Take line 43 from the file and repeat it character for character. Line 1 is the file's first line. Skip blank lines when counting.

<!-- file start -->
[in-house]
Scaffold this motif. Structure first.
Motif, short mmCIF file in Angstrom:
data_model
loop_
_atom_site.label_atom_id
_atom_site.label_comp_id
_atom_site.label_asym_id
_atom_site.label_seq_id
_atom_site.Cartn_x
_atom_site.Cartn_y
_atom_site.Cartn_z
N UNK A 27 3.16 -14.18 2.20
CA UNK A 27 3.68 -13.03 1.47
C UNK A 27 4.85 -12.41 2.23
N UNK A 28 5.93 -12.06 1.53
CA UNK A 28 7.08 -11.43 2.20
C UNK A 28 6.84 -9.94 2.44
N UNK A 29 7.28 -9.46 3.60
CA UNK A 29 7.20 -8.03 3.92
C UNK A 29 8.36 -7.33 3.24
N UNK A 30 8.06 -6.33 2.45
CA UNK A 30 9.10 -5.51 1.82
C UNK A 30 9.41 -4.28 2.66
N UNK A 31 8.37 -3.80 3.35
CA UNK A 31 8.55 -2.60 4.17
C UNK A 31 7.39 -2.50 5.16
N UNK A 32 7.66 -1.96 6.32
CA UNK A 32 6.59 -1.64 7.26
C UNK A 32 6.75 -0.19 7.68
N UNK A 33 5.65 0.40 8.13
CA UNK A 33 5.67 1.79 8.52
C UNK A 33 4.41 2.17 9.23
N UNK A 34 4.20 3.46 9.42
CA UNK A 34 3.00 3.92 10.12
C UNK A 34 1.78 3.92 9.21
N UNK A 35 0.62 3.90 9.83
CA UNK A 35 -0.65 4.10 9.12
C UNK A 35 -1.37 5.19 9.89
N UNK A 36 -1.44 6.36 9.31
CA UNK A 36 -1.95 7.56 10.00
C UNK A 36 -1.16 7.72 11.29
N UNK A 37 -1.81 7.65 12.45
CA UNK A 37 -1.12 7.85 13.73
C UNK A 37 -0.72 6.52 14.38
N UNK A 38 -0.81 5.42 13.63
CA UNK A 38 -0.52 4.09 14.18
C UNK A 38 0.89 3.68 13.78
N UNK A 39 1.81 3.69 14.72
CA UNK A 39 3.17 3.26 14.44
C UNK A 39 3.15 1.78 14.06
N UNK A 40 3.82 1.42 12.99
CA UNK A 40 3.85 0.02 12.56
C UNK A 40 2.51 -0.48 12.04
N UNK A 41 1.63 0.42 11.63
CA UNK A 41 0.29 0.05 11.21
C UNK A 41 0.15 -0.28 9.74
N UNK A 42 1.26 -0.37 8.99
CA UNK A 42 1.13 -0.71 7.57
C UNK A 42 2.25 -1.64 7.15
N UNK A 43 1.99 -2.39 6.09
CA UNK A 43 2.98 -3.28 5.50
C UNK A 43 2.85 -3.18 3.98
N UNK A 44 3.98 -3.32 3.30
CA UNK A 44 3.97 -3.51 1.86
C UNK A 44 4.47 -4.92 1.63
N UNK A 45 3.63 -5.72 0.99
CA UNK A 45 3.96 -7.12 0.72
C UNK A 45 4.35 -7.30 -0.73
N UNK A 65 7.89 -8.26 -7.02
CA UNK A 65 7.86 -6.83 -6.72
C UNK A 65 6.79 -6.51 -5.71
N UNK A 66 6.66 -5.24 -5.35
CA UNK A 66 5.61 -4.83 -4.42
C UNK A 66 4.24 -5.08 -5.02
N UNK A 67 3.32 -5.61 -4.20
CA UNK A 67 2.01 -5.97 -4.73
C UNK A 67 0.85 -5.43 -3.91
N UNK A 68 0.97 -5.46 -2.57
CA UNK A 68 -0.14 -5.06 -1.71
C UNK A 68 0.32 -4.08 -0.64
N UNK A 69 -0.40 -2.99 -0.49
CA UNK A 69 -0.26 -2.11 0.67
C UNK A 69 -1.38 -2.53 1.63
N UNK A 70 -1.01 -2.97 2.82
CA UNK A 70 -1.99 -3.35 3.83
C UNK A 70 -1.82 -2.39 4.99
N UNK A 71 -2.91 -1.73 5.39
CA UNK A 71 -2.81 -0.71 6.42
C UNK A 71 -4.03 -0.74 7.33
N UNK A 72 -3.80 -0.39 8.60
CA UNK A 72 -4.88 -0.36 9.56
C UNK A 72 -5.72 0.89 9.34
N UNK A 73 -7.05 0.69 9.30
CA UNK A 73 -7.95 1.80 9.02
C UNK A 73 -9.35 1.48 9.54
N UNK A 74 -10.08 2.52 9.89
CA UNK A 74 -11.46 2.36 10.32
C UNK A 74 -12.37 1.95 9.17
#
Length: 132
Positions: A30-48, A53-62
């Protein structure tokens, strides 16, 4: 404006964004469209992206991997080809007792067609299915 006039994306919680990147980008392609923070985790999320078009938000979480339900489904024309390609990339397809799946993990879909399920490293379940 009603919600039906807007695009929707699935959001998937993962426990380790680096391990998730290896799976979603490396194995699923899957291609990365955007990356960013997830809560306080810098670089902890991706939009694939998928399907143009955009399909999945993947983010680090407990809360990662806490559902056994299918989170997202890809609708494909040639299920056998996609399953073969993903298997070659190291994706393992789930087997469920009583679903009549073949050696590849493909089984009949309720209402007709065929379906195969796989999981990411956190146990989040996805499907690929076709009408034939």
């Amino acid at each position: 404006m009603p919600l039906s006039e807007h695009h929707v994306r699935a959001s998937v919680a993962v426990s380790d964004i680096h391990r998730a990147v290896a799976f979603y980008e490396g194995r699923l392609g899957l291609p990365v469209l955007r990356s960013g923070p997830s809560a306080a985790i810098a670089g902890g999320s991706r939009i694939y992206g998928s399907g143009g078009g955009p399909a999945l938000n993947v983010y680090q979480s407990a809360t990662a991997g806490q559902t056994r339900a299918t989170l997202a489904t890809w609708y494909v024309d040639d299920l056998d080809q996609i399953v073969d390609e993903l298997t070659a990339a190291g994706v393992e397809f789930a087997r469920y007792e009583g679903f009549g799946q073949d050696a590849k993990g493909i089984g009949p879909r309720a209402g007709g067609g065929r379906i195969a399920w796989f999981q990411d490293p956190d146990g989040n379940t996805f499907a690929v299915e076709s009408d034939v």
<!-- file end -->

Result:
N UNK A 37 -1.81 7.65 12.45